Date of death: 4/1/2007

Saint Meinrad Class: O 1957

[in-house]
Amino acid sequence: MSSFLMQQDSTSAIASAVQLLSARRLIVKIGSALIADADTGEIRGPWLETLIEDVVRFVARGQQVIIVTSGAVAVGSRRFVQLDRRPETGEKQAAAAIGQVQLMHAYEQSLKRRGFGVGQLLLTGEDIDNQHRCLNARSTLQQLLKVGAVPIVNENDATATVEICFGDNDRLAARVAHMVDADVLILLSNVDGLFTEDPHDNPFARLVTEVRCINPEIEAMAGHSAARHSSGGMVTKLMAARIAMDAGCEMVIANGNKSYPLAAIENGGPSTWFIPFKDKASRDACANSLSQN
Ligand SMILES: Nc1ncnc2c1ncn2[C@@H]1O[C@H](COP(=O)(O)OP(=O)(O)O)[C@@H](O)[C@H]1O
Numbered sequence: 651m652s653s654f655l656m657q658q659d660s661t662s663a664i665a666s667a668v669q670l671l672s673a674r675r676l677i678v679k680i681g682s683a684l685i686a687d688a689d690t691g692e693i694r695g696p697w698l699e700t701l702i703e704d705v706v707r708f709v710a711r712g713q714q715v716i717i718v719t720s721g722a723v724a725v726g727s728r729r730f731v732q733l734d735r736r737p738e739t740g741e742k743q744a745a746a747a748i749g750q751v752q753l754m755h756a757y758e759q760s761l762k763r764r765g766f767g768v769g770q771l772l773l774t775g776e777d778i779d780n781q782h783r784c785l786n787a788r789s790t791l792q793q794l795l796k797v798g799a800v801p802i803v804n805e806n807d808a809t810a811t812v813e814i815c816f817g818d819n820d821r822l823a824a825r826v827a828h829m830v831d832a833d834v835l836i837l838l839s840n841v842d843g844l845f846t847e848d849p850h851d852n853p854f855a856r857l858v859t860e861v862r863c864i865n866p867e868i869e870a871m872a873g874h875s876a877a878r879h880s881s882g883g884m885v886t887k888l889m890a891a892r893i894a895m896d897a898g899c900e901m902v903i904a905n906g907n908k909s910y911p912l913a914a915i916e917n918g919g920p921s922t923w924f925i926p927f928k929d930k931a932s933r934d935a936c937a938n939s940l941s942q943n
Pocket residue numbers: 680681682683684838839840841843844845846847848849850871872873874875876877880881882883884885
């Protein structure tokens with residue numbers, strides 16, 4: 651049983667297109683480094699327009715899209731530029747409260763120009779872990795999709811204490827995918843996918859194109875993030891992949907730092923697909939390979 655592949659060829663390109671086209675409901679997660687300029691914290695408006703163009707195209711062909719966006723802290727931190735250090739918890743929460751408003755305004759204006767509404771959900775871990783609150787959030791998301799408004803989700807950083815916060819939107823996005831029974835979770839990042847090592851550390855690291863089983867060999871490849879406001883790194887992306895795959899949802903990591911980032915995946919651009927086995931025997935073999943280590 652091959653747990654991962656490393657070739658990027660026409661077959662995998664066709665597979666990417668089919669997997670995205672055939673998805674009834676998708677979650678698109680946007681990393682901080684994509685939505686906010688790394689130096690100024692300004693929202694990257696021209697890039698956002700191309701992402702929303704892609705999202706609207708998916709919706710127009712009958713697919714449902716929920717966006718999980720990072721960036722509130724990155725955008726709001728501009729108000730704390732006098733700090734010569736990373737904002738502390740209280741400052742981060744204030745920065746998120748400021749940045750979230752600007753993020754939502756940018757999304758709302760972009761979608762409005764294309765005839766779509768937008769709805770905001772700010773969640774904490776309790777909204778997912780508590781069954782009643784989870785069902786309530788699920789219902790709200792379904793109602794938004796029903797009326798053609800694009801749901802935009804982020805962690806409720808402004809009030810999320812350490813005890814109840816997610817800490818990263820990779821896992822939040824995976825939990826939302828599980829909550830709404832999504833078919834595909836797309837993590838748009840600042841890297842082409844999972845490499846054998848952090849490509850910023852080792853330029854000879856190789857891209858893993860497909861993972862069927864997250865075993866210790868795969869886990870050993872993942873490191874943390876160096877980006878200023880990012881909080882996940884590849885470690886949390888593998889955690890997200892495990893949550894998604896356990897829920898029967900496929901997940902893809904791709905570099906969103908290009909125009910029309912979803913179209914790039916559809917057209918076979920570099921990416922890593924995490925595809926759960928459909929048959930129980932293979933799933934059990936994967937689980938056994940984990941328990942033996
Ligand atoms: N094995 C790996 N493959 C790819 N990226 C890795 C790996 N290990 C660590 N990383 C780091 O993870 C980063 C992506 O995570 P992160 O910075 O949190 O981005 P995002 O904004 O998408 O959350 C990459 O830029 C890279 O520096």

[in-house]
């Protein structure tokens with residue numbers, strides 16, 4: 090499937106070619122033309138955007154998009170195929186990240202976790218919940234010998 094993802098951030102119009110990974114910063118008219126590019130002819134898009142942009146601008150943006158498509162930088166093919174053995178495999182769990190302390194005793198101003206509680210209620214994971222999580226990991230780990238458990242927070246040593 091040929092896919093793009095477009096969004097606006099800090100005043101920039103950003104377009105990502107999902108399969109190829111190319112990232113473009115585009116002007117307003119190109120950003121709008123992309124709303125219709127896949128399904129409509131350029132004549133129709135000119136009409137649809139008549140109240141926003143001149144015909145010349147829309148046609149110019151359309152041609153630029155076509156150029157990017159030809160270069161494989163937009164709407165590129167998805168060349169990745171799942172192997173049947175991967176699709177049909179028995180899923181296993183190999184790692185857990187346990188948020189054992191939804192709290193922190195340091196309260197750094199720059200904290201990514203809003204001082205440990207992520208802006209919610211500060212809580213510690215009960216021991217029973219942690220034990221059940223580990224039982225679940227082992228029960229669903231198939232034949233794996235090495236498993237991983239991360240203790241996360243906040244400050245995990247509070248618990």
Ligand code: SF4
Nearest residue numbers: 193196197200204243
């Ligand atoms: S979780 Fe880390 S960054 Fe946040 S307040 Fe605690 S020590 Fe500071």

Niel Voigt, a Benedictine monk turned New Age mystic, had been preparing for a decade to ascend,” to move through spiritual enlightenment to a place beyond this planet, leaving no body behind.When the San Diegan disappeared last April after participating in a “Power of Oneness” ceremony on Mount Shasta, his friends thought maybe it had finally happened. They were happy for him.But word came recently that Voigt’s disappearance probably had a more earthly explanation. Human remains found not far from where he was last seen have been positively identified, through DNA testing, was his.The coroner is listing the cause of death as undetermined. He told family members he doesn’t suspect foul play. Voigt was 75.Featured last July in a Union-Tribune article, Voigt cut a colorful swath through San Diego County after arriving here almost 30 years ago.Affiliated for a while with Prince of Peace abbey in Oceanside, he wore the Catholic collar uncomfortably. He was a rebel who thought women should be allowed into the priesthood. He once picketed a bishops’ conference.He eventually left the church and immersed himself in Native American history and rituals. One of his favorite places was 4,000-foot Tecate Peak, called Kuuchamaa by local Indians, who consider it sacred. Tribal elders gave him permission to perform ceremonies there.Over the years, he made friends while participating in peace rallies, teaching community college classes in religion, leading dream-interpretation workshops. He drove an old mail truck hand-painted with slogans and sometimes dressed in mismatched socks, telling folks who noticed, “I have another pair just like it at home.””One of the hardest things in our culture these days is figuring out how to be yourself,” said John McNab, a friend. “Niel was himself. Always.”Being himself got him kicked out of SeaWorld once. He thought a dolphin was sick and he tossed herbs into the pool. He also wore out his welcome at various friends’ houses by offering unsolicited advice about this and that.”One of the problems in our society is that people don’t care enough to be honest with each other,” another friend, Doris Faulkner, remembered him saying. “They just want to be liked.”He went to Mount Shasta, favored by many for spiritual journeys, expecting finally to ascend. A few days after the ceremony, a friend went to Voigt’s hotel room to pick him up for the bus ride back to San Diego, but he was gone.The disappearance set local New Age communities abuzz. There was chatter on the Internet that he had “crossed over.” Some of the people who had been with him on Shasta said they saw him “surrounded by spirits.”Then, in early June, a hiker found bones not far from Voigt’s hotel. Evidence at the scene, including a shirt and a knit cap, led investigators to believe the remains were probably his, but they wanted confirmation through DNA tests. They compared what they had with cheek swabs from two of his siblings.The test results came back late last month.”Some time ago, I probably accepted that it was him,” said Mary Voigt, his sister, who lives in Florida. “People always say they want closure, but it’s still sad. He’s gone, and I just have to believe he’s where he wants to be, no matter how he got there.”She said the remains will be cremated and eventually sent to San Diego for a ceremony on Mount Tecate. “He loved it there,” his sister said.Faulkner, who considered Voigt “one of the most brilliant people I’ve ever met,” went to the mountain recently and planted a liquidambar tree in Voigt’s memory.She said the area where Voigt conducted his ceremonies G╟⌠ setting out a circle of stones and beating on a drum to summon a native spirit he called Queen Diganda G╟⌠ was burned in the October wildfires.Burned except for a few things he’d left behind the last time he was there, the odd remnants of an odd life: a plastic angel wing, a Christmas card and a ceramic dish.Story obtained from the San Diego Union-Tribune on 2/18/2008.”